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Illinois Mayor Accepts Guilt In Red Light Camera Bribery Scheme
Crestwood, Illinois mayor admitted to taking bribes from co-founder of red light camera company Safespeed and cheating the IRS.

Lou Presta
By Richard Diamond

After having taken a break during the Covid-19 pandemic, the federal courts have resumed processing the red light camera bribery cases involving Safespeed and municipalities in suburban Chicago, Illinois. Lou Presta, the mayor of Crestwood, last week became the latest in a growing list of photo enforcement felons (view full list).

Presta, 71, held firmly onto his job as mayor, village liquor commissioner and budget director until the day before phoning in to his hearing with US District Judge Thomas M. Durkin. The job remains in the family, however, as the replacement mayor, Kenneth Klein, is Presta's son-in-law. The village called a special board meeting Tuesday to select Klein to fill the $65,000-a-year job during an executive session, but the choice was made by village trustees who were all aligned with Presta's Crestwood United Party.

Presta now admits that he used his official position to work with red light camera operator Safespeed to generate revenue for the village and for himself. In a recorded 2018 cell phone call, Presta told Safespeed co-founder Omar Maani that he would ensure the percentage of photo tickets approved by the village would "creep up higher" in exchange for cash under the table. Safespeed made a direct donation of $2500 to Presta's campaign in June 2018, but Presta told Maani to disguise other payments as contributions from two local advertising companies to the "Friends of Lou Presta" account used for his campaign to become a Cook County commissioner. By laundering the funds through companies not directly linked to Safespeed, the public would have no way of uncovering the scheme.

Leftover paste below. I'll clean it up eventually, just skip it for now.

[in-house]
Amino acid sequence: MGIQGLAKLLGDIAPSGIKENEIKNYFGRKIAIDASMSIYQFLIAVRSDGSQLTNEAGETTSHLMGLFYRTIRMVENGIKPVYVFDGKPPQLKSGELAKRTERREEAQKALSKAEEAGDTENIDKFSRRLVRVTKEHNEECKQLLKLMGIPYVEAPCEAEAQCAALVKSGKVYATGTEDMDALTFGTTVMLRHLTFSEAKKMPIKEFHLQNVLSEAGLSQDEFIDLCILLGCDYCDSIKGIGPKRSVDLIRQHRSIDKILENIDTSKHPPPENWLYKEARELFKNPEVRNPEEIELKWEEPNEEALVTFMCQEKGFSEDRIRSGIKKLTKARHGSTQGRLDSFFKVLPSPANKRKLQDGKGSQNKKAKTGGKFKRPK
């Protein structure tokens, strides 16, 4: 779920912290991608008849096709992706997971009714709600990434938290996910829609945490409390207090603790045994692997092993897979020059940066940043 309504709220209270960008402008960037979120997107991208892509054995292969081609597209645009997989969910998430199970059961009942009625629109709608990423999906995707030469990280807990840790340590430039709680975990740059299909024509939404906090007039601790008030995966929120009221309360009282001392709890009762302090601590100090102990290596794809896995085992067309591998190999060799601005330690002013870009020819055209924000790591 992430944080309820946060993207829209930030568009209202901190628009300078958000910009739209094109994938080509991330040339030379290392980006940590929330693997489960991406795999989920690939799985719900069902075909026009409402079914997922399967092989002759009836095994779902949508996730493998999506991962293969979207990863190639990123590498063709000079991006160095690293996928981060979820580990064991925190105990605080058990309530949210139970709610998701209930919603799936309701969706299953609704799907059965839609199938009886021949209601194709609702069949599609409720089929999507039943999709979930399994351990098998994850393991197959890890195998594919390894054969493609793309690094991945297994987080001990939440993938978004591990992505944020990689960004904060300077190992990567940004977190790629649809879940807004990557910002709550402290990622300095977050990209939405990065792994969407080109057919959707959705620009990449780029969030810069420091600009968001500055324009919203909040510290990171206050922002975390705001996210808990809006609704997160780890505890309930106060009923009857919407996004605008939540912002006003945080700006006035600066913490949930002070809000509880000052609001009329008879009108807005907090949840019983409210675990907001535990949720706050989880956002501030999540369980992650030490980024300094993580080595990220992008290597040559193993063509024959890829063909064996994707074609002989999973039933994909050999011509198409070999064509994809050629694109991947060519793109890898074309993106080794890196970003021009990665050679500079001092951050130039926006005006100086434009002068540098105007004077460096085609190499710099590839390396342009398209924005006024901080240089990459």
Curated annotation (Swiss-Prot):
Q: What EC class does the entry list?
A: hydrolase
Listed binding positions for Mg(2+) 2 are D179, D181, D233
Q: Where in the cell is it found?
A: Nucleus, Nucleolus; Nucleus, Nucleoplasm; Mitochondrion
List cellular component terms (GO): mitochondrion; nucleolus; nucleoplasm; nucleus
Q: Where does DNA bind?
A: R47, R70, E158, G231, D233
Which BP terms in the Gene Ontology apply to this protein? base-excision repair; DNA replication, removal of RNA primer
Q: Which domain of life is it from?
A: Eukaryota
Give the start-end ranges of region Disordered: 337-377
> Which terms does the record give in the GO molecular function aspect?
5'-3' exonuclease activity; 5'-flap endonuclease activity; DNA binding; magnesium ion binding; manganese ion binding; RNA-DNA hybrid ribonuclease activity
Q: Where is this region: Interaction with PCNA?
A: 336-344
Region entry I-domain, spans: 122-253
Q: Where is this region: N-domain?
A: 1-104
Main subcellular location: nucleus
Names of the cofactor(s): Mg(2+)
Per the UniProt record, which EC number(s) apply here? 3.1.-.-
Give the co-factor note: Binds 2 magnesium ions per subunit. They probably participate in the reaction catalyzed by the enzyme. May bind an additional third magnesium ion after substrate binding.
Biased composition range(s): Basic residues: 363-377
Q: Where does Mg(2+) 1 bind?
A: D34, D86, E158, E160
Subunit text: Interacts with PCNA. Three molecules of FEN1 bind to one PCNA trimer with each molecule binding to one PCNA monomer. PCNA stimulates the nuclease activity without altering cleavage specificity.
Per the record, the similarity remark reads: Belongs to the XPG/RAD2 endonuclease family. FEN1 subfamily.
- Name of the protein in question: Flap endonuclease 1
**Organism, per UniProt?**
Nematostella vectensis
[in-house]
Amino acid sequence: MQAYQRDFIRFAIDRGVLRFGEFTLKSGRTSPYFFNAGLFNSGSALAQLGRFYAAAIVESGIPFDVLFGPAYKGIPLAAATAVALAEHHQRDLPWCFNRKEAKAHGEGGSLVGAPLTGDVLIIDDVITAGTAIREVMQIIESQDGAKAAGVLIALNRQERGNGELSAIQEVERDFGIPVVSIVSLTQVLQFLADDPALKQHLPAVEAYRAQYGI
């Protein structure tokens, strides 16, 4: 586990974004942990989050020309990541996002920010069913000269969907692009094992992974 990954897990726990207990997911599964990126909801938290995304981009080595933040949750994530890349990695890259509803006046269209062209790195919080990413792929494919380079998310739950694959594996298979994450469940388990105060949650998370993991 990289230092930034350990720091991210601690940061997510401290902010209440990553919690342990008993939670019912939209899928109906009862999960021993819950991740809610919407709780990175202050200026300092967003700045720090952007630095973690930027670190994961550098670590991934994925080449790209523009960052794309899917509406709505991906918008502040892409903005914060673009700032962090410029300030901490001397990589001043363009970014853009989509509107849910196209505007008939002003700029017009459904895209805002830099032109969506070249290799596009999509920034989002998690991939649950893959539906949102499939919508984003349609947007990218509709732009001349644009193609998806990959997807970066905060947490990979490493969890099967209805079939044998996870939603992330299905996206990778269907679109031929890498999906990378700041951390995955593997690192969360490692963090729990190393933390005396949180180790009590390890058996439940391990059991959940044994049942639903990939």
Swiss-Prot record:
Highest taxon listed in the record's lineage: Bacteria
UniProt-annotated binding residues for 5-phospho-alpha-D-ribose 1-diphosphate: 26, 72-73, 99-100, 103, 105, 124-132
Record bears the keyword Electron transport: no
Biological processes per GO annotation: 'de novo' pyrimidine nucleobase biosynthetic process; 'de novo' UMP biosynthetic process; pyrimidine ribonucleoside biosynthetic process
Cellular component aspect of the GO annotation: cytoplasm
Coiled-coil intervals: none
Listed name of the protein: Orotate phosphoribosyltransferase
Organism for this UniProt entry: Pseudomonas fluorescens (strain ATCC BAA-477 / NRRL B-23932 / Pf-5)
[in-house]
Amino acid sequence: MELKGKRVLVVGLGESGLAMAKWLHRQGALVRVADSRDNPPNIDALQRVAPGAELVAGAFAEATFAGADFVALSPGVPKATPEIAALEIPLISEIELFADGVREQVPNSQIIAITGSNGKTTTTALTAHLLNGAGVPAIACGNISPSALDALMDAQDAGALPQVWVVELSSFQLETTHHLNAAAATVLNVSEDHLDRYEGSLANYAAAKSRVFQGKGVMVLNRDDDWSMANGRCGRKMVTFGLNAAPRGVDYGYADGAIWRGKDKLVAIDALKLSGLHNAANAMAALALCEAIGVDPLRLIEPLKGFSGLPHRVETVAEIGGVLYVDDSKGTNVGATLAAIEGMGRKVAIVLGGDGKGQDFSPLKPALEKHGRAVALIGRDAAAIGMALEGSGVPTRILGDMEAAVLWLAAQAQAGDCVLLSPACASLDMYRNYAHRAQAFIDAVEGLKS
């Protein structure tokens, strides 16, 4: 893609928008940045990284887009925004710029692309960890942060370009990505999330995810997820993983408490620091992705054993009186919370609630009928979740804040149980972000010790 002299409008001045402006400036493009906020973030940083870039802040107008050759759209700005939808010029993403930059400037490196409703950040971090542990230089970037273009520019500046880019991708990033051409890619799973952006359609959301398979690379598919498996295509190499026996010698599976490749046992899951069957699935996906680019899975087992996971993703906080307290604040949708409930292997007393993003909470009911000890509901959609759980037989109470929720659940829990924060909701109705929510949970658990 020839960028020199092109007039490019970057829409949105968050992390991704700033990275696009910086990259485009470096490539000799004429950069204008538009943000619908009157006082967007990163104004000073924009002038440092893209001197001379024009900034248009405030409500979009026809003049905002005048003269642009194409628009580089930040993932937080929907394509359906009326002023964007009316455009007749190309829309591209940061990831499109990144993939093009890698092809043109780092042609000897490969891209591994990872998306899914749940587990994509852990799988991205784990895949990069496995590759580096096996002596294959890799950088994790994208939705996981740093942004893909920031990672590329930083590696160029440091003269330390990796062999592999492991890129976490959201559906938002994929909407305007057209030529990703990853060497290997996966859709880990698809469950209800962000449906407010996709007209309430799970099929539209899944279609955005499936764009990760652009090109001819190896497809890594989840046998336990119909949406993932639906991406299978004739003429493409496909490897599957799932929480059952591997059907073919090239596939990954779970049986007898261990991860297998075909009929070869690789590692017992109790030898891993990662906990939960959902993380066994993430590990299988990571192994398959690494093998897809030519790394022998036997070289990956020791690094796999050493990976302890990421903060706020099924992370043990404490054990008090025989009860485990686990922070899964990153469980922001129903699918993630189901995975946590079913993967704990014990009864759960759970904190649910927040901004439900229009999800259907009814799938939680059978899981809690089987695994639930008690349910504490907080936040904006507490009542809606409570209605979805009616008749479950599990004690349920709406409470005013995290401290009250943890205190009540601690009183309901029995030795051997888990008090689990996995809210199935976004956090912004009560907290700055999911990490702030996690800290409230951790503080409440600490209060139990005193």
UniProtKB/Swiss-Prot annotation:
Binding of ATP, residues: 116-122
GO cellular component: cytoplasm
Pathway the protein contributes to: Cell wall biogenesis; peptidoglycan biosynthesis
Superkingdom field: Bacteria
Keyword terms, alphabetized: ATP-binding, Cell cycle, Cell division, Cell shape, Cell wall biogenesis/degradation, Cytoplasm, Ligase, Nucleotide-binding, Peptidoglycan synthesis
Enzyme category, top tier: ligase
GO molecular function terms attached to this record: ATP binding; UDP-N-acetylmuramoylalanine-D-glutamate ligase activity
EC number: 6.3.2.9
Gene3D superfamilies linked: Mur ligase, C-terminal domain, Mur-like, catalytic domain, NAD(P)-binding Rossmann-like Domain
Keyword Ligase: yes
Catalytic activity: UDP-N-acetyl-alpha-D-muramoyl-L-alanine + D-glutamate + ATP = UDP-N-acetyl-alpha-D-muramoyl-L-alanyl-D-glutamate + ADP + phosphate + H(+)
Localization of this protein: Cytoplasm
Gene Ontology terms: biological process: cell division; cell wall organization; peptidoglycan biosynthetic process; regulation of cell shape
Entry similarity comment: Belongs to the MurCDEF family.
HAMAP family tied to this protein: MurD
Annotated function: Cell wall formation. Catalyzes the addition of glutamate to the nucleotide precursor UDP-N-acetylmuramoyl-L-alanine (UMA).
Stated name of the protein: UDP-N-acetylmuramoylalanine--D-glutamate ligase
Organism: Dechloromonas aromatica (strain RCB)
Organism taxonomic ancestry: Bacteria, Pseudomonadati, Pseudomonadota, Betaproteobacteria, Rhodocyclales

"I thought that maybe you were worried about giving me money," Presta said during one of his recorded conversations with Maani about using the advertising firms for donations. "I thought maybe you could pay part of a bill there."

Two weeks later, Presta and Maani discussed the increased number of citations in Crestwood.

"We're starting to get the numbers again," Presta said on February 27, 2018. "You got a new sheriff in town."

On March 7, 2018, Maani offered Presta an envelope containing $5000 in cash if he would approve a second red light camera location for Crestwood. Presta agreed, saying he would "do my best for you." Presta acknowledged the shady nature of the funds, telling the photo enforcement vendor, "I can't even put it in the bank." Presta continued sending Maani weekly figures showing high numbers of approved photo tickets.

The Federal Bureau of Investigation cut a deal with Maani so that he was wearing a wire when the envelope was handed to Presta. Presta lied to FBI agents when they asked him about the envelope during a September 26, 2019, interview, saying the envelope was empty. Agents also knew that Presta earned $98,982 in 2015, even though he reported earning only $12,000 on his federal tax return. Presta filed no return in 2014, despite making $192,713. As part of his plea deal, Cresta will pay the Internal Revenue Service $72,307 in back taxes.

Under federal sentencing guidelines, Presta faces between two and two-and-a-half years in prison for his crimes.



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